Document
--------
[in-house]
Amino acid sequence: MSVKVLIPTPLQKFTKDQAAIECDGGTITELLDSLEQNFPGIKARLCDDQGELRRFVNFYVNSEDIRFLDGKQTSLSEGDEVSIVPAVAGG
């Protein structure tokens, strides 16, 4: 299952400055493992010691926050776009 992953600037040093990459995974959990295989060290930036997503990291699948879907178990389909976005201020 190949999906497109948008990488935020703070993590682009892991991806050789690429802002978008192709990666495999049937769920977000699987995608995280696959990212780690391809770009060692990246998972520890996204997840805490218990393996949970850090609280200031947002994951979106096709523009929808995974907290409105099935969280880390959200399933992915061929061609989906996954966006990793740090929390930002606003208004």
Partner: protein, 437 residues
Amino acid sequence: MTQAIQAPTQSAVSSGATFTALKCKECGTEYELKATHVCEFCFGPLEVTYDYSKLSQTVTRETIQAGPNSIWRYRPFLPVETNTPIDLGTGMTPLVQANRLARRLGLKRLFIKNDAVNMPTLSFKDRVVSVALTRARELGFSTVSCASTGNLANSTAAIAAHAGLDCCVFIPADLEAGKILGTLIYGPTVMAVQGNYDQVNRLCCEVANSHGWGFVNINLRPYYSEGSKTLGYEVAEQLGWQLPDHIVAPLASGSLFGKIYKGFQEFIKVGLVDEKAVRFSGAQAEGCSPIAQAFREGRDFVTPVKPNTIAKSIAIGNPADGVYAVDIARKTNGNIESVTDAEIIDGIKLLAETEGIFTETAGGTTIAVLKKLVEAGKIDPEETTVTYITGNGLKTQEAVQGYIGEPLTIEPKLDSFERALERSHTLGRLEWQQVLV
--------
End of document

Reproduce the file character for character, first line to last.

[in-house]
Amino acid sequence: MSVKVLIPTPLQKFTKDQAAIECDGGTITELLDSLEQNFPGIKARLCDDQGELRRFVNFYVNSEDIRFLDGKQTSLSEGDEVSIVPAVAGG
């Protein structure tokens, strides 16, 4: 299952400055493992010691926050776009 992953600037040093990459995974959990295989060290930036997503990291699948879907178990389909976005201020 190949999906497109948008990488935020703070993590682009892991991806050789690429802002978008192709990666495999049937769920977000699987995608995280696959990212780690391809770009060692990246998972520890996204997840805490218990393996949970850090609280200031947002994951979106096709523009929808995974907290409105099935969280880390959200399933992915061929061609989906996954966006990793740090929390930002606003208004």
Partner: protein, 437 residues
Amino acid sequence: MTQAIQAPTQSAVSSGATFTALKCKECGTEYELKATHVCEFCFGPLEVTYDYSKLSQTVTRETIQAGPNSIWRYRPFLPVETNTPIDLGTGMTPLVQANRLARRLGLKRLFIKNDAVNMPTLSFKDRVVSVALTRARELGFSTVSCASTGNLANSTAAIAAHAGLDCCVFIPADLEAGKILGTLIYGPTVMAVQGNYDQVNRLCCEVANSHGWGFVNINLRPYYSEGSKTLGYEVAEQLGWQLPDHIVAPLASGSLFGKIYKGFQEFIKVGLVDEKAVRFSGAQAEGCSPIAQAFREGRDFVTPVKPNTIAKSIAIGNPADGVYAVDIARKTNGNIESVTDAEIIDGIKLLAETEGIFTETAGGTTIAVLKKLVEAGKIDPEETTVTYITGNGLKTQEAVQGYIGEPLTIEPKLDSFERALERSHTLGRLEWQQVLV